GVSHP’s independence means that we can advocate unequivocally for our neighborhoods, challenging the powerful and holding them to account. No one tones down our advocacy and no one steers our research.

In 2018 we will have organized over 60 free public programs including book talks and walking tours with expert authors and preservationists. Our children’s education program provides lessons to over a thousand students throughout New York City, regardless of need each year. And every day our blog Off the Grid brings you new and interesting tidbits about the wonderful history and culture we care so much about. It is our members’ support that makes this work possible.

We’re in this together – with your support we can keep achieving tangible results. We hope to start 2019 on a strong footing. We want to say a huge thank you to everyone who has supported GVSHP so far.

Please invest in our advocacy, public programs, and education today by making a year-end gift now:

One response to “Kirk Douglas – Actor, Producer and Villager

  1. To Kirk Douglas a.k.a. Issur Danielovitch Demsky

    You were one of my mother’s favorite actors.

    “Don’t Spend So Much Time Inside Your Mind That You Go Out Of It.” Lyrics written 06/14/1977 in Cambodia Music written 01/21/2011 by Richard Reeck & R. L. Zadworny
    Music refound 04/24/2017 by R.L. Zadworny rummaging through old sheet music.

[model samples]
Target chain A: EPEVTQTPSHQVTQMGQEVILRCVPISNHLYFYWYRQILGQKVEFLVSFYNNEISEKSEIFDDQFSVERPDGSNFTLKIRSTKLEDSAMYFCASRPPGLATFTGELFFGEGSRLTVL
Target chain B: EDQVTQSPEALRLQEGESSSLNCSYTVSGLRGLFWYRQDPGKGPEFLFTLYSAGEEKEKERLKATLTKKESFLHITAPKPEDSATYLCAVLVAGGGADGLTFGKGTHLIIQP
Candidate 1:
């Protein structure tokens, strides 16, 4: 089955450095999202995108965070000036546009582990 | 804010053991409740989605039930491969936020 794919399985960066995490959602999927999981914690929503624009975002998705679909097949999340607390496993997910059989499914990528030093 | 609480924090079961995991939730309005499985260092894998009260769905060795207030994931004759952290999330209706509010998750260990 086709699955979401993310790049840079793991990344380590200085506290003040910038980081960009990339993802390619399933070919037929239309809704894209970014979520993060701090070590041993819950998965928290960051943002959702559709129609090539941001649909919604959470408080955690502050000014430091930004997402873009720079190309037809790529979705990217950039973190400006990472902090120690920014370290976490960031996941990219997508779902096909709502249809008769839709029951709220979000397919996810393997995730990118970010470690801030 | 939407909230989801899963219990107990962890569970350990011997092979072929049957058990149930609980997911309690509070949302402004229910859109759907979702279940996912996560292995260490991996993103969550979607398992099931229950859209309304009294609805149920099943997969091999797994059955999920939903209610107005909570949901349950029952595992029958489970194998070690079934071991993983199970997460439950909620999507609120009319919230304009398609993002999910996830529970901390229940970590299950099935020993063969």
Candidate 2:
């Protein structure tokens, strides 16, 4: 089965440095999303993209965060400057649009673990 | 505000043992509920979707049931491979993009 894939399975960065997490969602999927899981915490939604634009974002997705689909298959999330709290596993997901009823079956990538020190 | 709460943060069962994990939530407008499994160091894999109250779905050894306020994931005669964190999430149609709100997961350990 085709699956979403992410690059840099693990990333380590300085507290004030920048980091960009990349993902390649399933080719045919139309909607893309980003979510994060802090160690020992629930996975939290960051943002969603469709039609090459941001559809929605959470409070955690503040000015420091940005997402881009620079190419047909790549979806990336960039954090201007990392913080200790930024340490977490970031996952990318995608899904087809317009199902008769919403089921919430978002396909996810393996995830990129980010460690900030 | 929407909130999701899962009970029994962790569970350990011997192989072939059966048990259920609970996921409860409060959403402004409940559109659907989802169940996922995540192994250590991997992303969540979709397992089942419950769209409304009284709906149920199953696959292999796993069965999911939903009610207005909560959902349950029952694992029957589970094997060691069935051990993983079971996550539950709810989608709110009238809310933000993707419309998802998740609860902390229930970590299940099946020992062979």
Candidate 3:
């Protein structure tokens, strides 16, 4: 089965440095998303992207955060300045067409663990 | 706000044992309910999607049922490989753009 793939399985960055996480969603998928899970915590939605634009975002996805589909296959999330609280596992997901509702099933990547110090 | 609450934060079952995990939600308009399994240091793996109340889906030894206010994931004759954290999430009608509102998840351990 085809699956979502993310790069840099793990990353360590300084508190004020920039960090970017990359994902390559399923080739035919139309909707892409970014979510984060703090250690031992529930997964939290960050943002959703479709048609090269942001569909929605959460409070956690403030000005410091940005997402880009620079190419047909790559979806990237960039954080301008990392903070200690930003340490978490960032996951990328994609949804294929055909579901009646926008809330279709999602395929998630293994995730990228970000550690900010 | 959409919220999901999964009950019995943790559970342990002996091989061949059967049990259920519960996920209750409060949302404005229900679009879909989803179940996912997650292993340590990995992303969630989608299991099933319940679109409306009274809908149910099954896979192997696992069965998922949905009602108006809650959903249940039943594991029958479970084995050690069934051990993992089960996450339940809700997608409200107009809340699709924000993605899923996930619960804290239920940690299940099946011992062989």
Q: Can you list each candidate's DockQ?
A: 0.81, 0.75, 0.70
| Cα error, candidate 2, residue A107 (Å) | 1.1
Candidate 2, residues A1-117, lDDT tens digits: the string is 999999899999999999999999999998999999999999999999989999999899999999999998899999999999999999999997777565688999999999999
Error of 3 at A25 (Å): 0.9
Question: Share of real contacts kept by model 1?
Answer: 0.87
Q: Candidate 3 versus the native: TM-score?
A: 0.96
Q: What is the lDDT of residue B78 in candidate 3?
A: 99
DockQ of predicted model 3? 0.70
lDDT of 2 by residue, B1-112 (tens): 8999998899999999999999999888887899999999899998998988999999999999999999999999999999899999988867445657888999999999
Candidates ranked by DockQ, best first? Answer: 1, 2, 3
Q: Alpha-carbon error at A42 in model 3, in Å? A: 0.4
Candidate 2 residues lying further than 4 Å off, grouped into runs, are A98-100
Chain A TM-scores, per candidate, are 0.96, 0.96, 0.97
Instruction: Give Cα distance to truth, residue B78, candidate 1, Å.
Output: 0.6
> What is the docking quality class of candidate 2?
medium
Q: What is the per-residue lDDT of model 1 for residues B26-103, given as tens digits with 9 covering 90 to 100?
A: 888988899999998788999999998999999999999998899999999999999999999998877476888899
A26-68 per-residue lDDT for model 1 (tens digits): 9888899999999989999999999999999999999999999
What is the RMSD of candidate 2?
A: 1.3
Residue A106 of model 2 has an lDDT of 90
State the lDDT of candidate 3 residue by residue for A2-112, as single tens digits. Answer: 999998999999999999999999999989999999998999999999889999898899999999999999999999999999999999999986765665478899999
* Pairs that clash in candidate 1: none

Don’t spend so much time inside your mind that you go out of it. Thank God for music! We all sing or play different notes at different times in life but we all perform the same song. The better you follow the conductor, the more beautiful the music. Don’t spend so much time inside your mind that you go out of it. Life is more than about you. Give thanks all the time for the gift of life. Though it may be full of strife look for the beauty in it and lift up not only your spirit but others, singing praise in thankful joy. Thank God for music! Which inspires us all to dance with joy and hope. Don’t spend so much time inside your mind that you go out of it. Life is more than about you. The story of life is quicker than a wink of the eye…the story of life is hello and goodbye, until we meet again in the eternal. Don’t spend so much time inside your mind that you go out of
    it. https://youtu.be/SFpCtHVxJvY

Leave a Reply

Your email address will not be published. Required fields are marked *